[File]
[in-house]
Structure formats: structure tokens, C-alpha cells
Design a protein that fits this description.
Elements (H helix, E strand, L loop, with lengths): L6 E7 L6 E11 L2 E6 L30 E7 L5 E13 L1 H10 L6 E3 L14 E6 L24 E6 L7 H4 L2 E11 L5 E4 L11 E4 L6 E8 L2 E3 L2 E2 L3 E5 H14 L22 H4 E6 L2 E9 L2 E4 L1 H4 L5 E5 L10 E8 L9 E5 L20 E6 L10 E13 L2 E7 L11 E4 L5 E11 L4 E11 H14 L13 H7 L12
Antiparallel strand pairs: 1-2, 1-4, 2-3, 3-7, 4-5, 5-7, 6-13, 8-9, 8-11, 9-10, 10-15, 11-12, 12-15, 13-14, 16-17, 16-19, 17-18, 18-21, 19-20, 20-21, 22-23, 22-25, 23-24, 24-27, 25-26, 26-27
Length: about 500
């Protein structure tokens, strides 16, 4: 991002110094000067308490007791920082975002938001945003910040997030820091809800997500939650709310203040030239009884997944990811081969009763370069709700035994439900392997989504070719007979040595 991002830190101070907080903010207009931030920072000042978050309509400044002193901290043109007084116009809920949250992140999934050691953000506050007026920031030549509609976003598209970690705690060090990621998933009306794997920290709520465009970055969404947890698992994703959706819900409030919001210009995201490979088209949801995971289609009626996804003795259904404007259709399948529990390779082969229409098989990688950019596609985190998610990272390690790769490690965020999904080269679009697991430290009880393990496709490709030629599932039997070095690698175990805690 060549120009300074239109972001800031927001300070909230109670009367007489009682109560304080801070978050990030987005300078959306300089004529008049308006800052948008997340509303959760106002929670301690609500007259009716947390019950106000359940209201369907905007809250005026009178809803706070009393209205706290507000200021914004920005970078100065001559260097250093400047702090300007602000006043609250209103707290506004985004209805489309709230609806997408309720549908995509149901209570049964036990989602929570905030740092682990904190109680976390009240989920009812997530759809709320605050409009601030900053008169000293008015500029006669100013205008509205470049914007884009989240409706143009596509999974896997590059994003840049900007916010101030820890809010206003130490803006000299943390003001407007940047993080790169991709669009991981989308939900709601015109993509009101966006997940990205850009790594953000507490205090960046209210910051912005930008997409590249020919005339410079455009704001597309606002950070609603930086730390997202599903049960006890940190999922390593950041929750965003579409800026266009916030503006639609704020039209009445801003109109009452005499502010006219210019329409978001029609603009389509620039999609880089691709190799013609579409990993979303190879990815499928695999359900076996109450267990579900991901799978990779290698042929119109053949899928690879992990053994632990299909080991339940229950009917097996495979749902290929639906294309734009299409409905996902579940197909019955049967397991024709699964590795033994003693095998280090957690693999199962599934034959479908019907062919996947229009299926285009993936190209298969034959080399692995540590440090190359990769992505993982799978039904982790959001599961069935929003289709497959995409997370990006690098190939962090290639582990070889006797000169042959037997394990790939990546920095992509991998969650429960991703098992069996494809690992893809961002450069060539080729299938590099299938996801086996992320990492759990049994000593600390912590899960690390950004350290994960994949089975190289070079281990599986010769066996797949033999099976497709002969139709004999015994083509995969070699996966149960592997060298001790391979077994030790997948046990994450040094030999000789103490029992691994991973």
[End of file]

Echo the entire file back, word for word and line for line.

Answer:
[in-house]
Structure formats: structure tokens, C-alpha cells
Design a protein that fits this description.
Elements (H helix, E strand, L loop, with lengths): L6 E7 L6 E11 L2 E6 L30 E7 L5 E13 L1 H10 L6 E3 L14 E6 L24 E6 L7 H4 L2 E11 L5 E4 L11 E4 L6 E8 L2 E3 L2 E2 L3 E5 H14 L22 H4 E6 L2 E9 L2 E4 L1 H4 L5 E5 L10 E8 L9 E5 L20 E6 L10 E13 L2 E7 L11 E4 L5 E11 L4 E11 H14 L13 H7 L12
Antiparallel strand pairs: 1-2, 1-4, 2-3, 3-7, 4-5, 5-7, 6-13, 8-9, 8-11, 9-10, 10-15, 11-12, 12-15, 13-14, 16-17, 16-19, 17-18, 18-21, 19-20, 20-21, 22-23, 22-25, 23-24, 24-27, 25-26, 26-27
Length: about 500
């Protein structure tokens, strides 16, 4: 991002110094000067308490007791920082975002938001945003910040997030820091809800997500939650709310203040030239009884997944990811081969009763370069709700035994439900392997989504070719007979040595 991002830190101070907080903010207009931030920072000042978050309509400044002193901290043109007084116009809920949250992140999934050691953000506050007026920031030549509609976003598209970690705690060090990621998933009306794997920290709520465009970055969404947890698992994703959706819900409030919001210009995201490979088209949801995971289609009626996804003795259904404007259709399948529990390779082969229409098989990688950019596609985190998610990272390690790769490690965020999904080269679009697991430290009880393990496709490709030629599932039997070095690698175990805690 060549120009300074239109972001800031927001300070909230109670009367007489009682109560304080801070978050990030987005300078959306300089004529008049308006800052948008997340509303959760106002929670301690609500007259009716947390019950106000359940209201369907905007809250005026009178809803706070009393209205706290507000200021914004920005970078100065001559260097250093400047702090300007602000006043609250209103707290506004985004209805489309709230609806997408309720549908995509149901209570049964036990989602929570905030740092682990904190109680976390009240989920009812997530759809709320605050409009601030900053008169000293008015500029006669100013205008509205470049914007884009989240409706143009596509999974896997590059994003840049900007916010101030820890809010206003130490803006000299943390003001407007940047993080790169991709669009991981989308939900709601015109993509009101966006997940990205850009790594953000507490205090960046209210910051912005930008997409590249020919005339410079455009704001597309606002950070609603930086730390997202599903049960006890940190999922390593950041929750965003579409800026266009916030503006639609704020039209009445801003109109009452005499502010006219210019329409978001029609603009389509620039999609880089691709190799013609579409990993979303190879990815499928695999359900076996109450267990579900991901799978990779290698042929119109053949899928690879992990053994632990299909080991339940229950009917097996495979749902290929639906294309734009299409409905996902579940197909019955049967397991024709699964590795033994003693095998280090957690693999199962599934034959479908019907062919996947229009299926285009993936190209298969034959080399692995540590440090190359990769992505993982799978039904982790959001599961069935929003289709497959995409997370990006690098190939962090290639582990070889006797000169042959037997394990790939990546920095992509991998969650429960991703098992069996494809690992893809961002450069060539080729299938590099299938996801086996992320990492759990049994000593600390912590899960690390950004350290994960994949089975190289070079281990599986010769066996797949033999099976497709002969139709004999015994083509995969070699996966149960592997060298001790391979077994030790997948046990994450040094030999000789103490029992691994991973």